Car Camping Checklist
Below, I share with you my car camping checklist. I use a checklist, always, so that I won’t ever find myself in the middle of the Wenatchee National Forest without tent poles again. Keep this checklist with your camping gear so it’s always handy when you need it.
Car Camping Checklist
Fall is a great season to get outside and go camping. Nature is at its peak of beauty, and camping can be a relaxing oasis for anyone. And car camping is a great activity for the whole family. It does not require a minimalist mentality, like backpacking so often does, because you can haul around all your things in… your car. Labor day weekend was always a big camping weekend for my family and many others. We started car camping, and soon worked our way up to a RV. But there’s nothing quite like ending your summer with a crackling campfire and a gooey S’mores. It was always the perfect way to relax and rejuvenate before school started up again, and spend one solid weekend enjoying each other’s company.
Car Camping Checklist
Car camping affords you the luxury of sleeping in (relative) comfort when compared to backpacking, where every single ounce is counted. I use the same sleeping bag for both. I’m a cold sleeper and being cold can keep me awake for hours, so I love my 15 degree goose down bag by Marmot and the price is fantastic. A lighter-weight bag will save you some money. If you only camp late spring – late summer, aim for one that is rated 30-50 degrees F, like this Kelty Discovery Sleeping Bag that’s just $45 and has great ratings. You can always bring along extra blankets when you are car camping, too–I love this Mambe Classic Outdoor Blanket). REI has a sleeping bag finder on its website to help you find one that suits your needs and budget (use the left-side advanced search boxes to zero in on the perfect bag). For sleeping pads, your car camping options range from a deluxe-thickness Therm-a-Rest to a family-friendly air mattress. (This past weekend, we opted for the air mattress and it was heavenly).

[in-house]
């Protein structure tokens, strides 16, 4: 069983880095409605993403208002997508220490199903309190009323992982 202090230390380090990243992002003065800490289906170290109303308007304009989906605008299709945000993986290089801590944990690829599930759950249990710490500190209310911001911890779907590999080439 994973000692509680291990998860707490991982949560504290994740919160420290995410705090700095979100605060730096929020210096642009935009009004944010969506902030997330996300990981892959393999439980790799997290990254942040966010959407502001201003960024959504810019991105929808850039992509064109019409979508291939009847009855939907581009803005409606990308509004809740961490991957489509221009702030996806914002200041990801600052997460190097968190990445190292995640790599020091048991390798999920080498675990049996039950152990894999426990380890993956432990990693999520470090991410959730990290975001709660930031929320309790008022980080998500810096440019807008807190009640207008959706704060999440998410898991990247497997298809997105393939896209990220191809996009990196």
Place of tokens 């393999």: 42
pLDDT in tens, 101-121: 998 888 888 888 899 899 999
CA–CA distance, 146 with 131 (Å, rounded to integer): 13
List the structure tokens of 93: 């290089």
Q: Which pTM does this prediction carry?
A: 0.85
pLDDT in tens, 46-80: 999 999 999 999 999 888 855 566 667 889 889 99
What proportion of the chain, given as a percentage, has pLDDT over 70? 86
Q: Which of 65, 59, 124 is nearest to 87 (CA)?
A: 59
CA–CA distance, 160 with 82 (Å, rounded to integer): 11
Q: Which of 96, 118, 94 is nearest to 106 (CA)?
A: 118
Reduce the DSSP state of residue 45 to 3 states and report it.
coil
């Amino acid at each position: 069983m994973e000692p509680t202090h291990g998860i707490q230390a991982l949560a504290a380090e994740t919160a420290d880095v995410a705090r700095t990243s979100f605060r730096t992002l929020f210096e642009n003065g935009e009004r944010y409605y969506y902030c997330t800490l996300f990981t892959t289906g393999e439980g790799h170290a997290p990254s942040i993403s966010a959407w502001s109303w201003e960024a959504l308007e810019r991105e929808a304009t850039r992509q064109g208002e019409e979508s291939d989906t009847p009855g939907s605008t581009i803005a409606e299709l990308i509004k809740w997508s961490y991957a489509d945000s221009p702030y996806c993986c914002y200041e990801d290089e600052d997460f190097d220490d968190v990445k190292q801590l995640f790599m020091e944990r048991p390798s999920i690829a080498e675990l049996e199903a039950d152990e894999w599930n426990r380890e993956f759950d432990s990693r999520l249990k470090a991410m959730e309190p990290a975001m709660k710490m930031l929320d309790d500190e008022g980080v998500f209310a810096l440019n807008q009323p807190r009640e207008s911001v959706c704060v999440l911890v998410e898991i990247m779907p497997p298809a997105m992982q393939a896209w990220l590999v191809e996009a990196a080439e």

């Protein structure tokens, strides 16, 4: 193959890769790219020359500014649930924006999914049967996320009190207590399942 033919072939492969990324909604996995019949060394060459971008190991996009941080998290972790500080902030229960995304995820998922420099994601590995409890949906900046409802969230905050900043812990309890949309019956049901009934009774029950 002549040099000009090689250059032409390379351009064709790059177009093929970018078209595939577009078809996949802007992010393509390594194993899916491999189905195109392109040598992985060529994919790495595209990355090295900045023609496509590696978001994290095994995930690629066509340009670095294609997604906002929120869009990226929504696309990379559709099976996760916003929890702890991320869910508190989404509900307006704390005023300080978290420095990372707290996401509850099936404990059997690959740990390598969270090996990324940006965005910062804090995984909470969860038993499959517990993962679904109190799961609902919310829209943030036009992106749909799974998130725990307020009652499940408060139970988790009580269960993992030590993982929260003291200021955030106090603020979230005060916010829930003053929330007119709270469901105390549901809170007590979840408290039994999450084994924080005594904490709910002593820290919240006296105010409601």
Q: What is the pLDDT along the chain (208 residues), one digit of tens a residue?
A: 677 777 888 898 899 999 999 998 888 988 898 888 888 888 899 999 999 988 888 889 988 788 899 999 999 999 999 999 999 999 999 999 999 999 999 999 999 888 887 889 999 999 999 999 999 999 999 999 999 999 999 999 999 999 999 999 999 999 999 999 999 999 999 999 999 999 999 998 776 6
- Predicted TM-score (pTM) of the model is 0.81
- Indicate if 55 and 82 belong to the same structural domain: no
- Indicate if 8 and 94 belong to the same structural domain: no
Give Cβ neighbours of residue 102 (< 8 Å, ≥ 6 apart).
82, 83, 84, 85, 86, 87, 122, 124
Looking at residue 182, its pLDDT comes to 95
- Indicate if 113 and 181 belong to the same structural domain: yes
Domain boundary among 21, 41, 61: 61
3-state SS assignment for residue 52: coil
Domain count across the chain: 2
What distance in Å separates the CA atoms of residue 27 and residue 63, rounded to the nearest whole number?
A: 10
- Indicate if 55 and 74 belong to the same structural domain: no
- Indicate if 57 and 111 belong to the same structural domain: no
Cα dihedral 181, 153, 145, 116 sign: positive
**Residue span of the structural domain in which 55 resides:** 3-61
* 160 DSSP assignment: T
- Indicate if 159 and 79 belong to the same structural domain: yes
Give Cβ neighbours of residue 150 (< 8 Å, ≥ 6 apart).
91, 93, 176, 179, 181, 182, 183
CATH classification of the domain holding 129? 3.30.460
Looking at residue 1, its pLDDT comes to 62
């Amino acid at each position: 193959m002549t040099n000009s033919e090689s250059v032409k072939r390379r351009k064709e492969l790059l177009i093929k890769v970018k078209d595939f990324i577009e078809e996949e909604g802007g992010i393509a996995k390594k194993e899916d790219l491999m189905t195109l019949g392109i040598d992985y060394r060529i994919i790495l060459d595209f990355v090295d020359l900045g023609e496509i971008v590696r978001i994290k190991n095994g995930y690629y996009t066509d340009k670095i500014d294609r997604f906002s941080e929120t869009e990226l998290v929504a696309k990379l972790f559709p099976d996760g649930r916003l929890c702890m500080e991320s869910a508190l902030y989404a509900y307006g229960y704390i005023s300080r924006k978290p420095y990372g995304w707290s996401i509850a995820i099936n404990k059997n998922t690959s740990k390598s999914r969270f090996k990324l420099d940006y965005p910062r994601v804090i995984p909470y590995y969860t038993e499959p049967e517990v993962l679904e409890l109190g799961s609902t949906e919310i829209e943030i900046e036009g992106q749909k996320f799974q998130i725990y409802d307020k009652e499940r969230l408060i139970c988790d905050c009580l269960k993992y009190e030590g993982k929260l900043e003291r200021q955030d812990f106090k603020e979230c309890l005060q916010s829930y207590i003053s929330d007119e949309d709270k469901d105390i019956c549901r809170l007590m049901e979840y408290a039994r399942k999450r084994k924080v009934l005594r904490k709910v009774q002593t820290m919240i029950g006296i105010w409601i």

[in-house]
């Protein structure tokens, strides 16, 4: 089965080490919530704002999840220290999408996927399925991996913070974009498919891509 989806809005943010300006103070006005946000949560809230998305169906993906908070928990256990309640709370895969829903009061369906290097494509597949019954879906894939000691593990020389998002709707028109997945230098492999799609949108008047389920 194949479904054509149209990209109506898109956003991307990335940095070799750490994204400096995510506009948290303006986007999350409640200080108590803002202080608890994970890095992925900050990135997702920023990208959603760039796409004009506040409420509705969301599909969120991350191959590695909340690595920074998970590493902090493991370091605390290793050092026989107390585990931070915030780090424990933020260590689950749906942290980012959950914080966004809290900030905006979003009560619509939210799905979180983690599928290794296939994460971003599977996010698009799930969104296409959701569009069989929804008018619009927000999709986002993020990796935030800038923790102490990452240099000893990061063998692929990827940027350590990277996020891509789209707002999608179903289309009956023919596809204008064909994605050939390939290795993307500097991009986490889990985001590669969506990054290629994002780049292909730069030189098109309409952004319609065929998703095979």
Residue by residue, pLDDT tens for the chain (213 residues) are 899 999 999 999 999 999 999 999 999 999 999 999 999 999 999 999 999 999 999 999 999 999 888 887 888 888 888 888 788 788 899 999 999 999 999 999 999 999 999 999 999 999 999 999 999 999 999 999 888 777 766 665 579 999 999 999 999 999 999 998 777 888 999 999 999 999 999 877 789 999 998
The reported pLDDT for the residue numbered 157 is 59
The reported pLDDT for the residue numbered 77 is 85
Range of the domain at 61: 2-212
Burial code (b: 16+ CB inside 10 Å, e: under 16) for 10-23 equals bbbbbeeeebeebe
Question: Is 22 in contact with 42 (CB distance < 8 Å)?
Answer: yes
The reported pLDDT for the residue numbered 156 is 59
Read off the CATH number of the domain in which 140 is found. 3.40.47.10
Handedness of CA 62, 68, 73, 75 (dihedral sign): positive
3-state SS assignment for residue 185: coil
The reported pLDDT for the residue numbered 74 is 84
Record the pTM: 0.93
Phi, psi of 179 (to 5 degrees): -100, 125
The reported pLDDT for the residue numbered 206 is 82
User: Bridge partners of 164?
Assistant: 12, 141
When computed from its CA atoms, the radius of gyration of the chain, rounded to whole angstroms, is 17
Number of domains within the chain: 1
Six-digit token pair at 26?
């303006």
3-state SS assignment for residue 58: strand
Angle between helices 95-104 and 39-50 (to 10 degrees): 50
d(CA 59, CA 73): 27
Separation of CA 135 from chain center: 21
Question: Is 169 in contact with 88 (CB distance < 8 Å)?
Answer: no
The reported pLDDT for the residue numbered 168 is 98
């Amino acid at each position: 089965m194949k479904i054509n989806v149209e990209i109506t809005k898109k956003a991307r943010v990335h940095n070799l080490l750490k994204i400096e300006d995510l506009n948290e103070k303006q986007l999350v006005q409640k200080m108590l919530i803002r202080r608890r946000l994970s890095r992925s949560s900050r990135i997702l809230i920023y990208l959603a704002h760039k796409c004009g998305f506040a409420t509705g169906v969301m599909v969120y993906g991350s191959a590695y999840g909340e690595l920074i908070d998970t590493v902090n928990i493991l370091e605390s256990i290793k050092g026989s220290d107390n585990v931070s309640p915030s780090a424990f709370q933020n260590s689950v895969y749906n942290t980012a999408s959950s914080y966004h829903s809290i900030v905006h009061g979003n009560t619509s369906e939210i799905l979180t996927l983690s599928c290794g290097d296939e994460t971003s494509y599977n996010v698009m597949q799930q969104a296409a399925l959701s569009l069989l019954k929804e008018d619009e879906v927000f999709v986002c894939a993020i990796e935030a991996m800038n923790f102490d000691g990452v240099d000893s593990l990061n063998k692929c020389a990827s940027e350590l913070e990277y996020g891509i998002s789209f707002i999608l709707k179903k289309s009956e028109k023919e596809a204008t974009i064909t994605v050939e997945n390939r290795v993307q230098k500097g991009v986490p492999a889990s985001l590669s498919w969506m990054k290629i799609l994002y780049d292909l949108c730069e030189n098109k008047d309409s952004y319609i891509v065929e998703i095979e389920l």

The next step is to organize the equipment that you will need for camping. Contrary to what you might think, camping, and in particular, car and tent camping, does not need expensive equipment. Here are the essentials: